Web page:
However, if you are asking why we are now mortal... our bodies are inefficient. One might argue that in the beginnings of evolution we may have acquired this in order to cut down population pressure. My own feeling is that latter argument is not convincing because single-celled animals are effectively immortal (they divide, in effect becoming their own offspring). So solving the ageing problem is solving a problem (a very hard set of problems, mind you) with our bodies. Unfortunately (that's my feeling anyway), we ourselves won't live to reap the benefits of that research... maybe in the next century. I don't see this as even a particularly difficult problem, especially given the computing power that will be available in the next few decades. Problems like how people can get along with each other are much harder, in my opinion.
Is humanity alone? No. Period. As Douglas Adams says, the universe is a really big place. The question is, why haven't we had contact? Well, you know, I actually don't think that's a hard question. First, how long have we been looking? 50 years, max? Second, how could aliens find us, out here on the edge of the galaxy, until we waved at them, which we've only been doing for about 100 years, a mere tick of the clock, using a method so primitive that even creatures with our minimal intelligence can employ it (i.e., radio)? Third, and most important, how have we been looking? We've been using telescopes, a ridiculous method, and lately, with SETI, some few radio frequencies. Not unreasonable, given that aliens are like us... but why should that be true?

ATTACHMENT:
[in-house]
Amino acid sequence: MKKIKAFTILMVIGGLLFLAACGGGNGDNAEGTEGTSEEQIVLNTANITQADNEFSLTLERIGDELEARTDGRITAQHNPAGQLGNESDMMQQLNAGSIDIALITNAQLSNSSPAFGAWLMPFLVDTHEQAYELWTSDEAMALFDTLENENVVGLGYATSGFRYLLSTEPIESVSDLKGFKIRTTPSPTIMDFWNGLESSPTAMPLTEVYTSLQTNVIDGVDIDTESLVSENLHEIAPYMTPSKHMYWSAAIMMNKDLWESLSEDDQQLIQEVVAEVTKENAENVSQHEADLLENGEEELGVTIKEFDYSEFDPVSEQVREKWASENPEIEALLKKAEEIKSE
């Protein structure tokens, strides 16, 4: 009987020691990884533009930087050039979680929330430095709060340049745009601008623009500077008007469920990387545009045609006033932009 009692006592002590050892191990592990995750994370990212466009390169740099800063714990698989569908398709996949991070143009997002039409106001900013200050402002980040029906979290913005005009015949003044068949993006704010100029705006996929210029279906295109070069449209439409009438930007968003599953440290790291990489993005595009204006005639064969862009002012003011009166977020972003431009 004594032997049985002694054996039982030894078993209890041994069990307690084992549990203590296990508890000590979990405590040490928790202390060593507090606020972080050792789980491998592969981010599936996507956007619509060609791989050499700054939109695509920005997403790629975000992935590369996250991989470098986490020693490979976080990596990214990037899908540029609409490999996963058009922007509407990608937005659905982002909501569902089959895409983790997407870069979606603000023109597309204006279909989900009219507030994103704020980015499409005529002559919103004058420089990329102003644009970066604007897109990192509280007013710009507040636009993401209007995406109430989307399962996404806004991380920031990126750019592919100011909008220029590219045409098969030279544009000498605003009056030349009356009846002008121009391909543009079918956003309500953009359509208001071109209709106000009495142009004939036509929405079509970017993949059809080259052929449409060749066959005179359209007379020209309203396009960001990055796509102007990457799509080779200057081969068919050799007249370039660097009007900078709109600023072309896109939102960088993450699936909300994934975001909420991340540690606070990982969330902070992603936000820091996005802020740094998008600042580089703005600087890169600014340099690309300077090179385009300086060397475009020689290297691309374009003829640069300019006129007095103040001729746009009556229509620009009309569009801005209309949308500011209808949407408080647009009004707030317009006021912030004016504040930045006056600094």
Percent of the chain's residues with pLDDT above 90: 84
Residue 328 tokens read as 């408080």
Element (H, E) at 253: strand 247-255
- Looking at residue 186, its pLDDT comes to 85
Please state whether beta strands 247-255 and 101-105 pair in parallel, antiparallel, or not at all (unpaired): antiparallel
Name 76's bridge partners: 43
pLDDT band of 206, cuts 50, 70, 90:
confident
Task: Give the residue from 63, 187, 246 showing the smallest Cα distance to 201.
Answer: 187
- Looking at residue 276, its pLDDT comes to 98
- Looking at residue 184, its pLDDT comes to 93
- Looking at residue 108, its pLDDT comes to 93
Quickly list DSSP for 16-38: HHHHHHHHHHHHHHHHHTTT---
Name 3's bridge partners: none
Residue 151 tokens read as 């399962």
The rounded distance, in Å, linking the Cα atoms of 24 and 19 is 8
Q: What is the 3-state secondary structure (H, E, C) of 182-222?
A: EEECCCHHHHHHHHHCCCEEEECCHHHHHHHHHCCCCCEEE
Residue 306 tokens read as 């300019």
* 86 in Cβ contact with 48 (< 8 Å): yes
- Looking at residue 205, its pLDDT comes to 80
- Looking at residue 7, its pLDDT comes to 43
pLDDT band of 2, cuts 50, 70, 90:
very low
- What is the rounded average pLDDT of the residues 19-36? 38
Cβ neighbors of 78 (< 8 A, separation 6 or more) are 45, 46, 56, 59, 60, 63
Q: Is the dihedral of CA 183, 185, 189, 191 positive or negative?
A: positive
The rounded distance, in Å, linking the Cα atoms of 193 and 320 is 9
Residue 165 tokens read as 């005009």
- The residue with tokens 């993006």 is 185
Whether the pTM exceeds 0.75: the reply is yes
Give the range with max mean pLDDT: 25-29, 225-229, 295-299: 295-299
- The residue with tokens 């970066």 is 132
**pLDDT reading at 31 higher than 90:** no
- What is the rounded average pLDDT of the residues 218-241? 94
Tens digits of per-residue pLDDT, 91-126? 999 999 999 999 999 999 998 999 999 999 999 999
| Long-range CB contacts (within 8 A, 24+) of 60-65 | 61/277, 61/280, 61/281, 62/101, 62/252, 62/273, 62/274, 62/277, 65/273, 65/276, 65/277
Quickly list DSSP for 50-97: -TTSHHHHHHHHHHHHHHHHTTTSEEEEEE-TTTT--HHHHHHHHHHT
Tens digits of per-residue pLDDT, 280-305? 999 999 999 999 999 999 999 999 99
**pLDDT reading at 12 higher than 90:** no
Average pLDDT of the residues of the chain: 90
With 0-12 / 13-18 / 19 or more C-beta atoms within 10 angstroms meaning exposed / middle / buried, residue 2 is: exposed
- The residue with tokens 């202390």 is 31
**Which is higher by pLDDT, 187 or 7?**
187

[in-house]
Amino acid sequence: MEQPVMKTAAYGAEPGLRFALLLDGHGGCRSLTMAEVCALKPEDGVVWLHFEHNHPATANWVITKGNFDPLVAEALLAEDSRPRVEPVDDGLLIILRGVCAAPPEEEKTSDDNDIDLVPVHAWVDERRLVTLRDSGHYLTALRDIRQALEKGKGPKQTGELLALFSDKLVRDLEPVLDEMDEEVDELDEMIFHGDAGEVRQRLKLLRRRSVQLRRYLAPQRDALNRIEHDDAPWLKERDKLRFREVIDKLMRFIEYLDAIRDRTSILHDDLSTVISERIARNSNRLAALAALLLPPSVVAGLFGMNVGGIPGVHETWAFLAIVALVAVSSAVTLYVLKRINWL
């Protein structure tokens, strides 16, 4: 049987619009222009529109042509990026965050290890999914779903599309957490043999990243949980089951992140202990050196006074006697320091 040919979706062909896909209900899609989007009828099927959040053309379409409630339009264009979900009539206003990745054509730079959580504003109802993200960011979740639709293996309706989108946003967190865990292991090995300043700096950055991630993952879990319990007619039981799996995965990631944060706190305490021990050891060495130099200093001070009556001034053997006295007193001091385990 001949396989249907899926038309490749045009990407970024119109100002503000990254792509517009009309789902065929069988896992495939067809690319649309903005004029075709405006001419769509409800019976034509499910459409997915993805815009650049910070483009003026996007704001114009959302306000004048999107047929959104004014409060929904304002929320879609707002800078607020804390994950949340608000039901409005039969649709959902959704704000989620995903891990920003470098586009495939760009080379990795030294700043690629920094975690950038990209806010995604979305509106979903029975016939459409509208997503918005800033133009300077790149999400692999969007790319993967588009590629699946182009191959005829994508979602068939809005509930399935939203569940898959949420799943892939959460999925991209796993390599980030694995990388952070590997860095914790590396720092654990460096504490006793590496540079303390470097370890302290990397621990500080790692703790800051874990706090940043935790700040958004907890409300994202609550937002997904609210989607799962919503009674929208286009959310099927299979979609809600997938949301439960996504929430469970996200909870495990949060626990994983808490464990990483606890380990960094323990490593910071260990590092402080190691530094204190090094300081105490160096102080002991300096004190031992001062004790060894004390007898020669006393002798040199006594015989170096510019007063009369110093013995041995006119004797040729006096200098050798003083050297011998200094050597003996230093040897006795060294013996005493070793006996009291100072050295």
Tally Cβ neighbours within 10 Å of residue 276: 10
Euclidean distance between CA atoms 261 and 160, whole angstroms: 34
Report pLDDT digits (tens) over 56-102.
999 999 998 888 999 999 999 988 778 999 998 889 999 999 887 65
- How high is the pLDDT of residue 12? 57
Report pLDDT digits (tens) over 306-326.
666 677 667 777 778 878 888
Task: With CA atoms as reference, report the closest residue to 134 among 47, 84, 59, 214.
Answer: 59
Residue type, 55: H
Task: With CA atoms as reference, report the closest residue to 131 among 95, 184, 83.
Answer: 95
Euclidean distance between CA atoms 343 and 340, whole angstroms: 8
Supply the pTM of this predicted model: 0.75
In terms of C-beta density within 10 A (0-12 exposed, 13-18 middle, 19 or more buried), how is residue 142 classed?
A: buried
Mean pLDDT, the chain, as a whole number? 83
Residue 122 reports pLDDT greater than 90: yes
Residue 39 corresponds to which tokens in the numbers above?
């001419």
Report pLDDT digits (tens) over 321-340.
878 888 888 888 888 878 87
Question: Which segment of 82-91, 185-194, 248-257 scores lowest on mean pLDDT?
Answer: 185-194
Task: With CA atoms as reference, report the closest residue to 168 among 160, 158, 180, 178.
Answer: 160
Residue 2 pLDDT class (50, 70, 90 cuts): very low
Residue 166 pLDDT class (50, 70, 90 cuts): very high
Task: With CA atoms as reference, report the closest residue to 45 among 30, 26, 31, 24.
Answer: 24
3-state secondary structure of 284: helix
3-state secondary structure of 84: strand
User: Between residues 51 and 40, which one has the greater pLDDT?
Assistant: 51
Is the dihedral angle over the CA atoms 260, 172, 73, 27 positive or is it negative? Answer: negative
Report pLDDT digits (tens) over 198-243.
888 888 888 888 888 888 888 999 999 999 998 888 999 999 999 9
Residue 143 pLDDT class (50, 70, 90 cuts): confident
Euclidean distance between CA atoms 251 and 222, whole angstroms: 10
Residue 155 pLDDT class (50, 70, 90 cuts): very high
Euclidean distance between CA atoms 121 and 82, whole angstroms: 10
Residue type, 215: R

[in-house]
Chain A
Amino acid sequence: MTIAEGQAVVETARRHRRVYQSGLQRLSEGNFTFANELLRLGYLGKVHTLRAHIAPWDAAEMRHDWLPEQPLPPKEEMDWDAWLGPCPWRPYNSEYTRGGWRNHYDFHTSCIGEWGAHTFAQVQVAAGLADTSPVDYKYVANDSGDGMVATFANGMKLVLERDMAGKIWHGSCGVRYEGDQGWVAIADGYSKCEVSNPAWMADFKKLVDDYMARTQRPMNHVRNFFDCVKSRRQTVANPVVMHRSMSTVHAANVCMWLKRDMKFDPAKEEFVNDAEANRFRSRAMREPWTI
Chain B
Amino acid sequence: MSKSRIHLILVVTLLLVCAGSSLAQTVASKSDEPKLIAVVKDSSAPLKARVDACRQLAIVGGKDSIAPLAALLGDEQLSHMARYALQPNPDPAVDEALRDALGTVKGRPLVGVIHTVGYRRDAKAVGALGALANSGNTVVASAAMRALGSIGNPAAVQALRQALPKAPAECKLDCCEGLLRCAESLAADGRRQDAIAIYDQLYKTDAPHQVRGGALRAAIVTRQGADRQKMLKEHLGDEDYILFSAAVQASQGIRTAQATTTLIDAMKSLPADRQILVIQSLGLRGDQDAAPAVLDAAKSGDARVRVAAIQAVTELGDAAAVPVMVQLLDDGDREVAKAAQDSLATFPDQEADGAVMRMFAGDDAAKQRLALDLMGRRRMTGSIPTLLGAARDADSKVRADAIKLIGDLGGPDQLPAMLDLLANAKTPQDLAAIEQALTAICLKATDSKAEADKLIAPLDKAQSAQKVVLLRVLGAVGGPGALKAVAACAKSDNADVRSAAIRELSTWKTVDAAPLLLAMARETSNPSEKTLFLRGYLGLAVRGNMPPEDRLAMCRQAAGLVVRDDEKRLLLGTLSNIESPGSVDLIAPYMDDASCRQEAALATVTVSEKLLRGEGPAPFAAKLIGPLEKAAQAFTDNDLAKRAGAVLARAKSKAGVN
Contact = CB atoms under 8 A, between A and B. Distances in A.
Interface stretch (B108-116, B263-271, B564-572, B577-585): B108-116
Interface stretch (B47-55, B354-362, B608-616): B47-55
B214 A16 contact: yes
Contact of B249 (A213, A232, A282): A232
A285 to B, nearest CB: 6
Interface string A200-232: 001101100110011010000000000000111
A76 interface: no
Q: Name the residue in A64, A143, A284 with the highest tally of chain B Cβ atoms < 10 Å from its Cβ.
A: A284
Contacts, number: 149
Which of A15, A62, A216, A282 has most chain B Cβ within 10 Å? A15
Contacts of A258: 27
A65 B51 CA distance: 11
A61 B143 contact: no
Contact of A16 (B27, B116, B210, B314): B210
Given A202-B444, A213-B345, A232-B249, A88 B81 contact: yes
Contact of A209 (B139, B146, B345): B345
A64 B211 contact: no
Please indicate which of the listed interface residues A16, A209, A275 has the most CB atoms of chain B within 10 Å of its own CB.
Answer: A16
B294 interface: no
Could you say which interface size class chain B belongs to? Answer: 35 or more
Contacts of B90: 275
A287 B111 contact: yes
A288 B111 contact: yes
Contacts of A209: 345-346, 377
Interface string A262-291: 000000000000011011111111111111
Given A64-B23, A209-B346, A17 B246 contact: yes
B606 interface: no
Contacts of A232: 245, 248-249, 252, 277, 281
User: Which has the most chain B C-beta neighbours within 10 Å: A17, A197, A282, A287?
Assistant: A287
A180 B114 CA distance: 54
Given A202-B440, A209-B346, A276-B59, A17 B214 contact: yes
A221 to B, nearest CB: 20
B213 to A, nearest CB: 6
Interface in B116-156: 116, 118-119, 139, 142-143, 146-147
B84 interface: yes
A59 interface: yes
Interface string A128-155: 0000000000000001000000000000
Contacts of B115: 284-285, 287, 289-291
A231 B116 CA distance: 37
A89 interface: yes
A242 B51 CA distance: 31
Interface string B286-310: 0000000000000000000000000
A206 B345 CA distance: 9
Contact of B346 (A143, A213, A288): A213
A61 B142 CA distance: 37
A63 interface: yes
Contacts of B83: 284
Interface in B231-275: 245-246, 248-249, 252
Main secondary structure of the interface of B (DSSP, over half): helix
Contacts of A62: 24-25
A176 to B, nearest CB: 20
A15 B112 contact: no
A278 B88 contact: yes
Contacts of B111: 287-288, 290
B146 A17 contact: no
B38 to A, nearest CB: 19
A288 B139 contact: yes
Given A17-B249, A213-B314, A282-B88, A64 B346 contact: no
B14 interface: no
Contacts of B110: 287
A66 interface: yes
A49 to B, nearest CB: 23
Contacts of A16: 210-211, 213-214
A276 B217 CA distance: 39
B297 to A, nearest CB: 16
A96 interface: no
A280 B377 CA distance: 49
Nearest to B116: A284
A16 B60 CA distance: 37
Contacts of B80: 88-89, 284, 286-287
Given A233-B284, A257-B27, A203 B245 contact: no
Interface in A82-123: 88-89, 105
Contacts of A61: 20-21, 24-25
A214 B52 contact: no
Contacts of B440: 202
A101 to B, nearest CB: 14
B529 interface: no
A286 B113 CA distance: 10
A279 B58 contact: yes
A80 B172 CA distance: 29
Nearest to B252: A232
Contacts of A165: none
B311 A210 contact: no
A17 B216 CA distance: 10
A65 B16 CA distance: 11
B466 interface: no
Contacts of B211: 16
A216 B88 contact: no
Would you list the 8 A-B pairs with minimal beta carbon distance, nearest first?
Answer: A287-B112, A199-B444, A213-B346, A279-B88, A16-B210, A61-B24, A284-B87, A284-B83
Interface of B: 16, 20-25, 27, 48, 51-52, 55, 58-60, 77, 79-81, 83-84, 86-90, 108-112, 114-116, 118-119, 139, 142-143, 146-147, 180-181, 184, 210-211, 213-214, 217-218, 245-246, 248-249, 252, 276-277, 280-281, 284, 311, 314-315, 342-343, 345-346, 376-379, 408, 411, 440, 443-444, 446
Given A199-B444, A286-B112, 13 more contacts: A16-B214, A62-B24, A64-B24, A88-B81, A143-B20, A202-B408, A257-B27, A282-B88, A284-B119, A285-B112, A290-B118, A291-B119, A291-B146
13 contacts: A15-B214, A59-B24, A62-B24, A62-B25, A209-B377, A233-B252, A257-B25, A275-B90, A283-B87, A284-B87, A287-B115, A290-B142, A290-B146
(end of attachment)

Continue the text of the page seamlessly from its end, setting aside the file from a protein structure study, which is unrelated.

Let's put this in perspective. Suppose that dogs were trying to signal another species of dog. How would they do it? By barking or howling, right? Would we notice that, as a signal of that type? Would we care? How much smarter, given some theoretical maximal potential for intelligence, are we than dogs? Infinitesimally, I would say. Our brains must fit, badly, inside our heads, folded up, in order to have expanded to the amount they have, which is about all our bodies will take, both in volume and metabolically.